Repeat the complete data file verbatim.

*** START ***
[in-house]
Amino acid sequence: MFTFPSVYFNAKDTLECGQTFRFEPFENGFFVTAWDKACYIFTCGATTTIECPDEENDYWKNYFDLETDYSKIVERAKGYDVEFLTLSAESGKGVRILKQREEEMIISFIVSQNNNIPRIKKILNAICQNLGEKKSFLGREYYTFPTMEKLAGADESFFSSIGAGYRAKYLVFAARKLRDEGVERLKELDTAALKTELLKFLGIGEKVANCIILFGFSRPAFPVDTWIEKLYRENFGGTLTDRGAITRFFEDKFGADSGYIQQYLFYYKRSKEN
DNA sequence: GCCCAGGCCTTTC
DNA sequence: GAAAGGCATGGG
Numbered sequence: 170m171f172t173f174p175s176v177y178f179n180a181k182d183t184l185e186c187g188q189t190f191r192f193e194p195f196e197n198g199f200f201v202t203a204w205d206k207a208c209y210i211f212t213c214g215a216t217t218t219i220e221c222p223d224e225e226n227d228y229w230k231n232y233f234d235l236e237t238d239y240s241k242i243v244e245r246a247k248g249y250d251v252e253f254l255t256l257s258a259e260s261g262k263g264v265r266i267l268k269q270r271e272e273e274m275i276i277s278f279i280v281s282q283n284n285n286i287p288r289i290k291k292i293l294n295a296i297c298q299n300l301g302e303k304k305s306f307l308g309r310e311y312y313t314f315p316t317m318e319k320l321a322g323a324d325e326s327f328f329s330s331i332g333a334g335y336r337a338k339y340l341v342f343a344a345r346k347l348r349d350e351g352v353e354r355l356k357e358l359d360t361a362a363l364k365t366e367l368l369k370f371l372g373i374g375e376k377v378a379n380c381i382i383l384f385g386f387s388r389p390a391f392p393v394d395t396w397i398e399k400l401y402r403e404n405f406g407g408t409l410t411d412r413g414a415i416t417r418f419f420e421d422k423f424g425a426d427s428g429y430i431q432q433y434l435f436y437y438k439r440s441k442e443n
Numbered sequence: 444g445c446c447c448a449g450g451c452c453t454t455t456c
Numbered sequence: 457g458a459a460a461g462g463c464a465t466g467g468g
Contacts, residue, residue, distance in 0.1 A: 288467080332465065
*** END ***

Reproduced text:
[in-house]
Amino acid sequence: MFTFPSVYFNAKDTLECGQTFRFEPFENGFFVTAWDKACYIFTCGATTTIECPDEENDYWKNYFDLETDYSKIVERAKGYDVEFLTLSAESGKGVRILKQREEEMIISFIVSQNNNIPRIKKILNAICQNLGEKKSFLGREYYTFPTMEKLAGADESFFSSIGAGYRAKYLVFAARKLRDEGVERLKELDTAALKTELLKFLGIGEKVANCIILFGFSRPAFPVDTWIEKLYRENFGGTLTDRGAITRFFEDKFGADSGYIQQYLFYYKRSKEN
DNA sequence: GCCCAGGCCTTTC
DNA sequence: GAAAGGCATGGG
Numbered sequence: 170m171f172t173f174p175s176v177y178f179n180a181k182d183t184l185e186c187g188q189t190f191r192f193e194p195f196e197n198g199f200f201v202t203a204w205d206k207a208c209y210i211f212t213c214g215a216t217t218t219i220e221c222p223d224e225e226n227d228y229w230k231n232y233f234d235l236e237t238d239y240s241k242i243v244e245r246a247k248g249y250d251v252e253f254l255t256l257s258a259e260s261g262k263g264v265r266i267l268k269q270r271e272e273e274m275i276i277s278f279i280v281s282q283n284n285n286i287p288r289i290k291k292i293l294n295a296i297c298q299n300l301g302e303k304k305s306f307l308g309r310e311y312y313t314f315p316t317m318e319k320l321a322g323a324d325e326s327f328f329s330s331i332g333a334g335y336r337a338k339y340l341v342f343a344a345r346k347l348r349d350e351g352v353e354r355l356k357e358l359d360t361a362a363l364k365t366e367l368l369k370f371l372g373i374g375e376k377v378a379n380c381i382i383l384f385g386f387s388r389p390a391f392p393v394d395t396w397i398e399k400l401y402r403e404n405f406g407g408t409l410t411d412r413g414a415i416t417r418f419f420e421d422k423f424g425a426d427s428g429y430i431q432q433y434l435f436y437y438k439r440s441k442e443n
Numbered sequence: 444g445c446c447c448a449g450g451c452c453t454t455t456c
Numbered sequence: 457g458a459a460a461g462g463c464a465t466g467g468g
Contacts, residue, residue, distance in 0.1 A: 288467080332465065